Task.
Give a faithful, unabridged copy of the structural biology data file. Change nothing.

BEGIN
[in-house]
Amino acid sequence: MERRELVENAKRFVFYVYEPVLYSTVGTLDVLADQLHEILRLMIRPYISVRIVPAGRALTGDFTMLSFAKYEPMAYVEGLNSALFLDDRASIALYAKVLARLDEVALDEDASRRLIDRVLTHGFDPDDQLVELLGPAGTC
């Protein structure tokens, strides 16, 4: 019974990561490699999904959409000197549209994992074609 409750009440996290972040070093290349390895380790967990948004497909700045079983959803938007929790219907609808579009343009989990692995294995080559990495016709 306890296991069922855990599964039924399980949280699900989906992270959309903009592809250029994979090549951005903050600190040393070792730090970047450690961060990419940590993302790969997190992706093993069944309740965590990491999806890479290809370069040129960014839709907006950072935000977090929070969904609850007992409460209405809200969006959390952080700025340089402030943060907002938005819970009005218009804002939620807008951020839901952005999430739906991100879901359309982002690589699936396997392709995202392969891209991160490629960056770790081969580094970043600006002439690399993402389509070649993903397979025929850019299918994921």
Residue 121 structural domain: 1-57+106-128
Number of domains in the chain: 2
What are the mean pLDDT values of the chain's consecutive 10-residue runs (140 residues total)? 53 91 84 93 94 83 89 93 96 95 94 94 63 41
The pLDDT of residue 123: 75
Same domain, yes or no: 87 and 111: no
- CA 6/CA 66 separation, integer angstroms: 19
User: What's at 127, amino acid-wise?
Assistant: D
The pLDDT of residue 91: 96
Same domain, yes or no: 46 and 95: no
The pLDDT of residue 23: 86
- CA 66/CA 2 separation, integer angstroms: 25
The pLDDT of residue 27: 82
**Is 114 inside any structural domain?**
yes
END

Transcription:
[in-house]
Amino acid sequence: MERRELVENAKRFVFYVYEPVLYSTVGTLDVLADQLHEILRLMIRPYISVRIVPAGRALTGDFTMLSFAKYEPMAYVEGLNSALFLDDRASIALYAKVLARLDEVALDEDASRRLIDRVLTHGFDPDDQLVELLGPAGTC
């Protein structure tokens, strides 16, 4: 019974990561490699999904959409000197549209994992074609 409750009440996290972040070093290349390895380790967990948004497909700045079983959803938007929790219907609808579009343009989990692995294995080559990495016709 306890296991069922855990599964039924399980949280699900989906992270959309903009592809250029994979090549951005903050600190040393070792730090970047450690961060990419940590993302790969997190992706093993069944309740965590990491999806890479290809370069040129960014839709907006950072935000977090929070969904609850007992409460209405809200969006959390952080700025340089402030943060907002938005819970009005218009804002939620807008951020839901952005999430739906991100879901359309982002690589699936396997392709995202392969891209991160490629960056770790081969580094970043600006002439690399993402389509070649993903397979025929850019299918994921």
Residue 121 structural domain: 1-57+106-128
Number of domains in the chain: 2
What are the mean pLDDT values of the chain's consecutive 10-residue runs (140 residues total)? 53 91 84 93 94 83 89 93 96 95 94 94 63 41
The pLDDT of residue 123: 75
Same domain, yes or no: 87 and 111: no
- CA 6/CA 66 separation, integer angstroms: 19
User: What's at 127, amino acid-wise?
Assistant: D
The pLDDT of residue 91: 96
Same domain, yes or no: 46 and 95: no
The pLDDT of residue 23: 86
- CA 66/CA 2 separation, integer angstroms: 25
The pLDDT of residue 27: 82
**Is 114 inside any structural domain?**
yes